According to Ripple, consumers suffer from SEC’s scams

The statement comes amid claims by Ripple Labs and other detractors that the SEC overstepped its bounds in policing the cryptocurrency sector.
According to Ripple, consumers suffer from SEC's scams
According to Ripple, consumers suffer from SEC’s scams

In response to a recent opinion post by SEC chairman Gary Gensler, Ripple Lab’s general counsel Stu Alderoty argues that the agency’s crackdowns on the cryptocurrency sector aren’t safeguarding consumers.

Alderoty said that the SEC is “pushing aside his fellow regulators” in favor of focusing on providing regulatory clarity for cryptocurrency in an opinion post published in the Wall Street Journal (WSJ) on August 28 under the heading “The SEC Wants to Be America’s Crypto Cop.”

The SEC’s recent “shakedown” of BlockFi, which resulted in the firm winding up “up on the auction block” and two other comparable companies going “belly up,” was used as an example, he said, to make his point.

“Consumers weren’t protected, they were left holding the bag.”

The essay was written in reaction to Gensler’s post on August 19 titled “The SEC Treats Crypto Like the Rest of the Capital Markets,” which was also published in the Wall Street Journal and justified the regulator’s assault on the cryptocurrency business.

Although the SEC refers to itself as “the policeman on the beat” for cryptocurrency, the Ripple counsel claims that the SEC hasn’t offered enough clarification about crypto regulation.

He alleges that the chairman is “pushing aside his other regulators” and “front-running” President Biden’s executive order, which calls for regulators to work together on crypto regulation.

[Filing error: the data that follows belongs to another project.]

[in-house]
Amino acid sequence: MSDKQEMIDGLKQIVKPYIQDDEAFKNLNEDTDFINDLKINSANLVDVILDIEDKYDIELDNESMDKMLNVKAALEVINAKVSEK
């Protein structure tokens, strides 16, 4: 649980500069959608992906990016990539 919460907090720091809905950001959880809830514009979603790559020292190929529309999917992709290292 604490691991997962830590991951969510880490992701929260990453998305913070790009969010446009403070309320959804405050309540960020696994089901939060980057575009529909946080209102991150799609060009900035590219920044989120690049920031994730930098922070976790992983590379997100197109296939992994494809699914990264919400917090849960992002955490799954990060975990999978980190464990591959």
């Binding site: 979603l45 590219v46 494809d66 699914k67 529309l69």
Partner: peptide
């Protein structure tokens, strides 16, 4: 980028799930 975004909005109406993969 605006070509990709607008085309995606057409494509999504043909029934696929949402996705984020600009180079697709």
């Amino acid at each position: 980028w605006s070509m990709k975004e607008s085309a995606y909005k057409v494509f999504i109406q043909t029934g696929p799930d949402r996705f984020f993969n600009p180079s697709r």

Alderoty was referring to the presidential order known as “Ensuring Responsible Development on Digital Assets,” which was signed on March 9, 2022, to make sure that the SEC and Commodity Future Trading Commission (CFTC) interact and collaborate on creating a regulatory framework for cryptocurrencies.

The SEC, according to Ripple, is “preserving its territory at the cost of more than 40 million Americans who are involved in the crypto economy,” rather than adhering to the presidential order or providing any “regulatory clarification for crypto.”

There is no reason to treat the cryptocurrency market differently from the rest of the capital markets simply because it employs new technology, according to Gensler, who stated in his piece that U.S. federal security regulations were created to safeguard investors.

The SEC’s determination to expand the size of its Crypto Assets and Cyber Unit workforce as well as the SEC’s “regulation by enforcement” philosophy, according to Forbes writer Roslyn Layton, are grounds for the opposite, although many detractors contend otherwise.

Earlier this month, U.S. Attorney John Deaton also charged wrongdoing, alleging that Gensler and the SEC had targeted cryptocurrencies on purpose and had gone beyond their authority to oversee them:

“It doesn’t take a constitutional law expert to understand that the SEC has limited jurisdiction over the crypto industry; barring congressional action, front line regulation of digital assets belongs with the Commodity Futures Trading Commission — the main regulator of investments that are not deemed traditional securities.”